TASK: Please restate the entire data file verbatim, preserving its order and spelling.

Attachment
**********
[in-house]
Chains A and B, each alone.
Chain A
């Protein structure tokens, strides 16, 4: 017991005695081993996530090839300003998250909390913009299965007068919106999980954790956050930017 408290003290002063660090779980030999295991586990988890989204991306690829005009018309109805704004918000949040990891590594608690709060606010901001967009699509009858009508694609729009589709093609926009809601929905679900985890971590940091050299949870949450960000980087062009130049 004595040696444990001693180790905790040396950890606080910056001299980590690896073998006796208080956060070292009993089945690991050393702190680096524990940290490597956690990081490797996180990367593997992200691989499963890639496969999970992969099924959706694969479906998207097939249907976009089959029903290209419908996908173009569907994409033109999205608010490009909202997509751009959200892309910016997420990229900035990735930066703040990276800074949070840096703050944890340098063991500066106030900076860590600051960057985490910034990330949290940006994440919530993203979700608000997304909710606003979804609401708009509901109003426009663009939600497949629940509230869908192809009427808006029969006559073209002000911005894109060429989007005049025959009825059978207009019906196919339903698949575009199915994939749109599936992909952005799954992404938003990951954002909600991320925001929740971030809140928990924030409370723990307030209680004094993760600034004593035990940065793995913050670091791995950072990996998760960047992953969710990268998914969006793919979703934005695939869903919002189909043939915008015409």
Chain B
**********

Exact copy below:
[in-house]
Chains A and B, each alone.
Chain A
């Protein structure tokens, strides 16, 4: 017991005695081993996530090839300003998250909390913009299965007068919106999980954790956050930017 408290003290002063660090779980030999295991586990988890989204991306690829005009018309109805704004918000949040990891590594608690709060606010901001967009699509009858009508694609729009589709093609926009809601929905679900985890971590940091050299949870949450960000980087062009130049 004595040696444990001693180790905790040396950890606080910056001299980590690896073998006796208080956060070292009993089945690991050393702190680096524990940290490597956690990081490797996180990367593997992200691989499963890639496969999970992969099924959706694969479906998207097939249907976009089959029903290209419908996908173009569907994409033109999205608010490009909202997509751009959200892309910016997420990229900035990735930066703040990276800074949070840096703050944890340098063991500066106030900076860590600051960057985490910034990330949290940006994440919530993203979700608000997304909710606003979804609401708009509901109003426009663009939600497949629940509230869908192809009427808006029969006559073209002000911005894109060429989007005049025959009825059978207009019906196919339903698949575009199915994939749109599936992909952005799954992404938003990951954002909600991320925001929740971030809140928990924030409370723990307030209680004094993760600034004593035990940065793995913050670091791995950072990996998760960047992953969710990268998914969006793919979703934005695939869903919002189909043939915008015409």
Chain B